Date of Award

Spring 1-1-2013

Document Type

Dissertation

Degree Name

Doctor of Philosophy (PhD)

Department

Linguistics

First Advisor

Barbara Fox

Second Advisor

Cecilia Ford

Third Advisor

Kira Hall

Fourth Advisor

Andrew Cowell

Fifth Advisor

Karen Tracy

Abstract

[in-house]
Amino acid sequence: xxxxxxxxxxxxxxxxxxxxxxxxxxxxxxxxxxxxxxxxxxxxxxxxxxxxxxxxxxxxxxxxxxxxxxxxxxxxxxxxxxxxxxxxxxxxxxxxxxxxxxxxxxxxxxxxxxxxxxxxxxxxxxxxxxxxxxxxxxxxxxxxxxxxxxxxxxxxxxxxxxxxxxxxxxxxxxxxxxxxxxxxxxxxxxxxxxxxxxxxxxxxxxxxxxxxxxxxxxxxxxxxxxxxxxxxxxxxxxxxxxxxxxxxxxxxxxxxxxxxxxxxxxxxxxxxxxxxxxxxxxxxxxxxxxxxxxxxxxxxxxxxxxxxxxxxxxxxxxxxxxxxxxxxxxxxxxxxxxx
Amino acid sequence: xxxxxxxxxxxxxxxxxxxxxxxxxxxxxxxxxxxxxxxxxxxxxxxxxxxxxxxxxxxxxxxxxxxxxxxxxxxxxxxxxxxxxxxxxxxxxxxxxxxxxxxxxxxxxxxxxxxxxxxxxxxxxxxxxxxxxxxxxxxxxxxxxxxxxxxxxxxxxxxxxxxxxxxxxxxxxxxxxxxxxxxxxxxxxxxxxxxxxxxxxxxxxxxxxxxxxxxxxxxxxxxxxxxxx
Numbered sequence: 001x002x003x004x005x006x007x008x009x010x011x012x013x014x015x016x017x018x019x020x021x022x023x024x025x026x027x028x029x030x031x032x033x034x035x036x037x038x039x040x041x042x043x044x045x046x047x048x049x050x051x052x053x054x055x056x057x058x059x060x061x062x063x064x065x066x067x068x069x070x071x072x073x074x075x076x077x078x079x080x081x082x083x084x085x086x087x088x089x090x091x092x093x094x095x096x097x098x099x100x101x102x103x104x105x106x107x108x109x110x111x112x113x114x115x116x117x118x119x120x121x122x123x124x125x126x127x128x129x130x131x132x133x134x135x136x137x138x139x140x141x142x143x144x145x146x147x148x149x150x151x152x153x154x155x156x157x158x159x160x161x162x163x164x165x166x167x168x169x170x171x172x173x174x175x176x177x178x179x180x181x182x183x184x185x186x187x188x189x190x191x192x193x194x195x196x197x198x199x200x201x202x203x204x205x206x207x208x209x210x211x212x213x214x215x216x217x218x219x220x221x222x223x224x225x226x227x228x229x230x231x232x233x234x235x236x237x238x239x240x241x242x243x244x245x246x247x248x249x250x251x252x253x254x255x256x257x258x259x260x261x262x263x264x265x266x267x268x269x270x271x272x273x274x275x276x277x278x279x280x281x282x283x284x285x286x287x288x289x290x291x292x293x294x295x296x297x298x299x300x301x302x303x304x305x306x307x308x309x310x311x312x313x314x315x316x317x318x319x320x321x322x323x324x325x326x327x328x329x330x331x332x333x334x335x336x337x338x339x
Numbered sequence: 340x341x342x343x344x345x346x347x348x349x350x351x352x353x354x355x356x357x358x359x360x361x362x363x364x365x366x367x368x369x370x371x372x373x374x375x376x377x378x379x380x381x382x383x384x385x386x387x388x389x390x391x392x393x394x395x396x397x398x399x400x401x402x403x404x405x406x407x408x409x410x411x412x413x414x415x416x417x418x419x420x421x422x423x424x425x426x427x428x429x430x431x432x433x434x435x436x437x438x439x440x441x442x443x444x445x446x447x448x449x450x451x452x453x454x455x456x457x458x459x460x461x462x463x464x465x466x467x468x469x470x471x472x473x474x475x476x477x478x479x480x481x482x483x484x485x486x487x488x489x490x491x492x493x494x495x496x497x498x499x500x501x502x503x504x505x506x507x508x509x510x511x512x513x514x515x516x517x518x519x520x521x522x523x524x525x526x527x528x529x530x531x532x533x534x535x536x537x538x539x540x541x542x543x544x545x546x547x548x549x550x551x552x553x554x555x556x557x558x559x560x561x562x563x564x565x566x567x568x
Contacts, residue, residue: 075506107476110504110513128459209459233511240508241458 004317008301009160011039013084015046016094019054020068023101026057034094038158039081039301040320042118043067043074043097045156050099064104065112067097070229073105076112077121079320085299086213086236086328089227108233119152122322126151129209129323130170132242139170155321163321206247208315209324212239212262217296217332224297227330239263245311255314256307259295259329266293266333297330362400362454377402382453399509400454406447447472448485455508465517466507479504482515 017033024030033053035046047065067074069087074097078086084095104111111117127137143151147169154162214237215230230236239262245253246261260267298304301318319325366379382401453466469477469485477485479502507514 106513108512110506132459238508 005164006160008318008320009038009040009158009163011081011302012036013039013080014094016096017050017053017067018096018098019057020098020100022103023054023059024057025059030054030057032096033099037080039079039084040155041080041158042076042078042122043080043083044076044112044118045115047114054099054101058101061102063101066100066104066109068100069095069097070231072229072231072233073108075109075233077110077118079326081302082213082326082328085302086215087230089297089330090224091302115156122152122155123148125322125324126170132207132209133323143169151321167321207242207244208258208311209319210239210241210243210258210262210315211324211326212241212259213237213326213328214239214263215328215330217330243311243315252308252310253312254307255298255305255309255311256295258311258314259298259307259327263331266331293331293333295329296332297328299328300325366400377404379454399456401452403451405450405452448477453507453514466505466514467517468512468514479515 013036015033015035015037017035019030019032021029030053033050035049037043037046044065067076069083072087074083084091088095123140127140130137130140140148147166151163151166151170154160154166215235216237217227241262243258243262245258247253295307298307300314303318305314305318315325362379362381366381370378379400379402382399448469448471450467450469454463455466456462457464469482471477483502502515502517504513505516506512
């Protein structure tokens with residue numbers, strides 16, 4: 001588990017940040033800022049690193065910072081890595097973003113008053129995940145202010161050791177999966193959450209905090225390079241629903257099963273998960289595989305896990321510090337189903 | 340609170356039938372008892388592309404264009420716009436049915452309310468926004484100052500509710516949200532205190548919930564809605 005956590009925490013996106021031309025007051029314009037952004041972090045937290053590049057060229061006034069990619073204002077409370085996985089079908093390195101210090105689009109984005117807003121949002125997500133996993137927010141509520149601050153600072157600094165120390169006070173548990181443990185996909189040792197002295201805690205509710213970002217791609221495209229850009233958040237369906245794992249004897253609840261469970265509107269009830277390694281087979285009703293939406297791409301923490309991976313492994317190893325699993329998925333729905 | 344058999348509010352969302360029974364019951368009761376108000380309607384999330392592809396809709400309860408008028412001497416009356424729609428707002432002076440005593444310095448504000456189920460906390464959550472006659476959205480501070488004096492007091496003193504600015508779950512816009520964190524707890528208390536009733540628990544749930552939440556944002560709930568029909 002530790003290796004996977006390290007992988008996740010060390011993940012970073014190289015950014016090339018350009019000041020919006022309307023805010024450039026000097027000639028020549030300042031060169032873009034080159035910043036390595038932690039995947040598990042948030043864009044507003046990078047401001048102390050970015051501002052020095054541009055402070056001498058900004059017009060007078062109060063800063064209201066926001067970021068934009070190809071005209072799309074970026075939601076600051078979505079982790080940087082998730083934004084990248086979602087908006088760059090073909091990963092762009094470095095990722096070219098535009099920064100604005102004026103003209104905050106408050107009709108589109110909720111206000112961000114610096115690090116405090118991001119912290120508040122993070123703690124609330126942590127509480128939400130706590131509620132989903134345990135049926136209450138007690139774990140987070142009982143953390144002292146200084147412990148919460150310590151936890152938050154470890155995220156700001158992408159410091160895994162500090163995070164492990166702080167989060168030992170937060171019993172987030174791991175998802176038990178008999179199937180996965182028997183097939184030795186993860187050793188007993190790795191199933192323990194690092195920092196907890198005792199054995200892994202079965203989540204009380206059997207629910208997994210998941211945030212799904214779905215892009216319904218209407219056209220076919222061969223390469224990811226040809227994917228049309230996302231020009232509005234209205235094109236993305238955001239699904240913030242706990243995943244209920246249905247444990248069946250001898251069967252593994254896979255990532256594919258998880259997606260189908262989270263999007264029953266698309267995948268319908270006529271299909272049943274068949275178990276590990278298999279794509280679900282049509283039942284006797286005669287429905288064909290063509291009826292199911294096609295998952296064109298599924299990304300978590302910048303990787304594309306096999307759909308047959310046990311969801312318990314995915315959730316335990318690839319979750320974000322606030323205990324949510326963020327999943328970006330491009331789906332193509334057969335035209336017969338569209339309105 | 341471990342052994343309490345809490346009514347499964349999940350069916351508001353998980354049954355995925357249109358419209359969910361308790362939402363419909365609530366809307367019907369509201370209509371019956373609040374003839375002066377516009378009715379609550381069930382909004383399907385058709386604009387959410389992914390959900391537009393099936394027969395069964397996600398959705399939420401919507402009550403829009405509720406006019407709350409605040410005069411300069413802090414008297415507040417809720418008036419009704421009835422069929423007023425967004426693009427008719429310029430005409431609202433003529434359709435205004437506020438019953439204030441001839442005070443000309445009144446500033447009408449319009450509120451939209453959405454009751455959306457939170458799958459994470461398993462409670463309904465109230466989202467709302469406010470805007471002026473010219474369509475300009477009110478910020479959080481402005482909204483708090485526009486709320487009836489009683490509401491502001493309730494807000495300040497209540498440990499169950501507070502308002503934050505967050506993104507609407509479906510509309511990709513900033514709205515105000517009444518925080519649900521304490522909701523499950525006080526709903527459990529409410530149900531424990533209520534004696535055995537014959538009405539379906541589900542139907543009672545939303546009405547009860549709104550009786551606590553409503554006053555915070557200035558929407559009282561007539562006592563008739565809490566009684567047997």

This dissertation uses conversation analysis to examine three non-disagreeing functions of the token `no' when it prefaces a turn at talk. In the first function, `no'-prefaces index and respond to an inferential component of a prior turn. This practice entails a number of sub-practices, in which speakers use `no'-prefaced responses to deny face-threatening actions produced through "off-record" formulations, display affiliation with a recipient by managing incongruent stance displays, manage inferences regarding the speaker's epistemic stance or rights, deny an inference conveyed through a prior polar question, or produce a preferred response to delicate formulations that index a recipient's accountability, blame, or guilt. In the second function, `no'-prefaces mark a shift in how the turn is organized with regard to the speaker's footing. In this practice, speakers employ `no'-prefaced turns to shift between non-serious and serious interactional frames, or retroactively assert the serious footing of a prior utterance. In the third function, `no'-prefaces mark a shift in how the turn is organized with regard to the surrounding talk. In this practice, `no'-prefaced turns may be used to mark a unit of talk as hearably "misplaced", connect back to a prior segment of talk, or close an extended telling sequence. As a study situated within the framework of interactional linguistics, this dissertation examines these functions of `no'-prefaces in the context of naturally-occurring English conversation.

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